The Voice of the Turtle ★★★☆☆

In the intimate confines of the tiny 70-seater Jermyn Street Theatre, John Van Druten’s ‘The Voice of the Turtle’ emerges from a 77-year slumber, offering a charming glimpse into the romantic entanglements of 1940s New York.

This revival, directed by Philip Wilson, breathes new life into a play that once graced the Piccadilly Theatre in 1947, inviting modern audiences to experience its wit and warmth. The story unfolds in the cozy, albeit startlingly pink, apartment of Sally Middleton (played by the brilliant newcomer Imogen Elliott), a young actress who has sworn off love following a string of disappointments. Her resolve is put to the test when Bill Page (Nathan Ives-Moiba), a soldier on leave, enters her life through a convoluted series of events involving Sally’s friend Olive (Skye Hallam).

Imogen Elliott brings a delightful mix of vulnerability and determination to Sally, capturing the character’s internal struggle between her desire for connection and her fear of being hurt. Her compulsion to answer the phone, even at the most inopportune moments, serves as both a comedic device and a metaphor for her inability to disconnect from the outside world and fully embrace the present. This quirk leads to several contorted plot twists, including a particularly amusing scene where the phone rings just as Sally and Bill are about to consummate their budding relationship.

Jermyn Street Theatre

Ives-Moiba’s portrayal of Bill is equally compelling. Fresh from his role as Clifford Bradshaw in ‘Cabaret’, Ives-Moiba brings a similar charm and earnestness to Bill. The chemistry between Elliott and Ives-Moiba is palpable, making their characters’ journey from strangers to lovers believable and engaging.

Van Druten’s script sparkles with genuinely funny lines that have stood the test of time. Olive’s self-deprecating quip, “For a girl with a funny face, I think I’ve done rather well”, elicits hearty laughter from the audience, showcasing the playwright’s keen ear for dialogue. The play also offers a fascinating glimpse into the theatrical world of the 1940s, with references to actors dining at Sardi’s when they’re working – a line that might remind musical theatre aficionados of a similar sentiment expressed in ‘The Producers’.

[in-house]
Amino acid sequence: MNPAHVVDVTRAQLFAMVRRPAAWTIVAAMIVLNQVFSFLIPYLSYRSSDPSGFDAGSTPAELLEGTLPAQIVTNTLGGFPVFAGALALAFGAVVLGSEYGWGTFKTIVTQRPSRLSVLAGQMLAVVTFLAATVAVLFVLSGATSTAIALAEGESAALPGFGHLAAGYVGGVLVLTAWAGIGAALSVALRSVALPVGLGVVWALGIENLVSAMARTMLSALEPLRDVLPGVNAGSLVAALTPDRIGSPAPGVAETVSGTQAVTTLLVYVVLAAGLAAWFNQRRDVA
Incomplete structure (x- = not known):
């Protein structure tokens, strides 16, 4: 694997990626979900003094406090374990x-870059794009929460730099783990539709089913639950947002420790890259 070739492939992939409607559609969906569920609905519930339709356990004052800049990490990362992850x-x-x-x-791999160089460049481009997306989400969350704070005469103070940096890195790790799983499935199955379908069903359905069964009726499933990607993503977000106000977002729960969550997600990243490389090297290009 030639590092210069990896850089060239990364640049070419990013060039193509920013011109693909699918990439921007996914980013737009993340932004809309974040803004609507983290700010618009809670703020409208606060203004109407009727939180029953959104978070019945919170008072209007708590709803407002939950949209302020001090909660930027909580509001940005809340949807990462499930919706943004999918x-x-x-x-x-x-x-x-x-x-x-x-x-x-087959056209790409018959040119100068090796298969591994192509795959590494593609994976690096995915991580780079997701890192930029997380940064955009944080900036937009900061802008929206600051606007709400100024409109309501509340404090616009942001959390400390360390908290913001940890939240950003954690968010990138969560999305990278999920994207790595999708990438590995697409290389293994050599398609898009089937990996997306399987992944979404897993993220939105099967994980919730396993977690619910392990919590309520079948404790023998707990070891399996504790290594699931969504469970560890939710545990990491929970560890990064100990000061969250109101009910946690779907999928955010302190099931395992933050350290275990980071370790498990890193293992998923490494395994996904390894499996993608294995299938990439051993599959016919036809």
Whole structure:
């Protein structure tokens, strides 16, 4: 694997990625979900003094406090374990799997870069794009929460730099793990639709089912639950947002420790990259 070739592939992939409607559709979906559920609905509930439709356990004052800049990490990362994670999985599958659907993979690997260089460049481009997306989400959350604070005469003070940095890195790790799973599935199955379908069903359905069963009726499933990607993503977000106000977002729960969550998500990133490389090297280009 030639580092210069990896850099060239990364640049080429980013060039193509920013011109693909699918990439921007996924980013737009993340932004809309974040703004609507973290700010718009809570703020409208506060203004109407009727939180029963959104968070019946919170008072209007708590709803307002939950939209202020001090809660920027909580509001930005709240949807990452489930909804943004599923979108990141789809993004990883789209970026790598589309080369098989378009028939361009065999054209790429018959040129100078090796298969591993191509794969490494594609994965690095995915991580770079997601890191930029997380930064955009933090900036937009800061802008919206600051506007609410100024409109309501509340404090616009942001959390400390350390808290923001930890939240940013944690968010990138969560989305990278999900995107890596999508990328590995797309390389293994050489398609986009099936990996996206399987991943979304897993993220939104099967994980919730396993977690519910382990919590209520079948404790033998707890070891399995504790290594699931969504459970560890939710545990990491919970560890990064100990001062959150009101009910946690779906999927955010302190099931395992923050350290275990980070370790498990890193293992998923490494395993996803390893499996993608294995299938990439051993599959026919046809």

Not all aspects of the production hit their mark. The character of Olive, intended to be a promiscuous femme fatale, is unfortunately portrated in a way veering dangerously close to caricature, reminiscent of Cruella de Vil attempting a pantomime dame. This performance contrasts with the nuanced work of the two leads. The set design, while functional, is dominated by a possible period-appropriate, but overwhelming, pinkness. A minor but noticeable faux pas occurs during a scene involving champagne. The obvious replacement of a tin foil wrapper on a bottle of supposed rosé champagne, followed by a clumsy opening and the pouring of what is clearly white wine (not rosé champagne), momentarily breaks the illusion of reality the actors work so hard to maintain.

Despite these small missteps, The Voice of the Turtle remains a captivating piece of theatre. Its exploration of love, loneliness, and the human need for connection resonates just as strongly today as it did in the 1940s. The play’s gentle humor and heartfelt moments provide a welcome respite from the cynicism often found in contemporary works. It’s worth noting the fascinating connections between this play and the iconic musical Cabaret. Van Druten, who penned The Voice of the Turtle, also wrote ‘I Am a Camera’, the play that adapted Christopher Isherwood’s ‘Goodbye to Berlin’ and eventually evolved into Cabaret. This lineage is further emphasised by Ives-Moiba’s recent turn as Clifford in Cabaret, and the fact that the protagonist shares her name with that musical’s famous Sally Bowles. These links add an extra layer of intrigue for theatre enthusiasts.

The Voice of the Turtle at Jermyn Street Theatre offers a delightful evening of entertainment. While not without its flaws, the strong performances of the lead actors and the timeless quality of Van Druten’s writing make this revival a worthwhile experience. It serves as a reminder of the enduring power of well-crafted romantic comedy and the universal nature of human relationships. As the final curtain falls, audiences are left with a warm appreciation for this often-overlooked gem of mid-20th century theatre. In bringing The Voice of the Turtle back to the London stage, Jermyn Street Theatre has done a service to both theatre history and contemporary audiences seeking a touch of romance and laughter in their evenings out.

Jermyn Street Theatre
Jermyn Street Theatre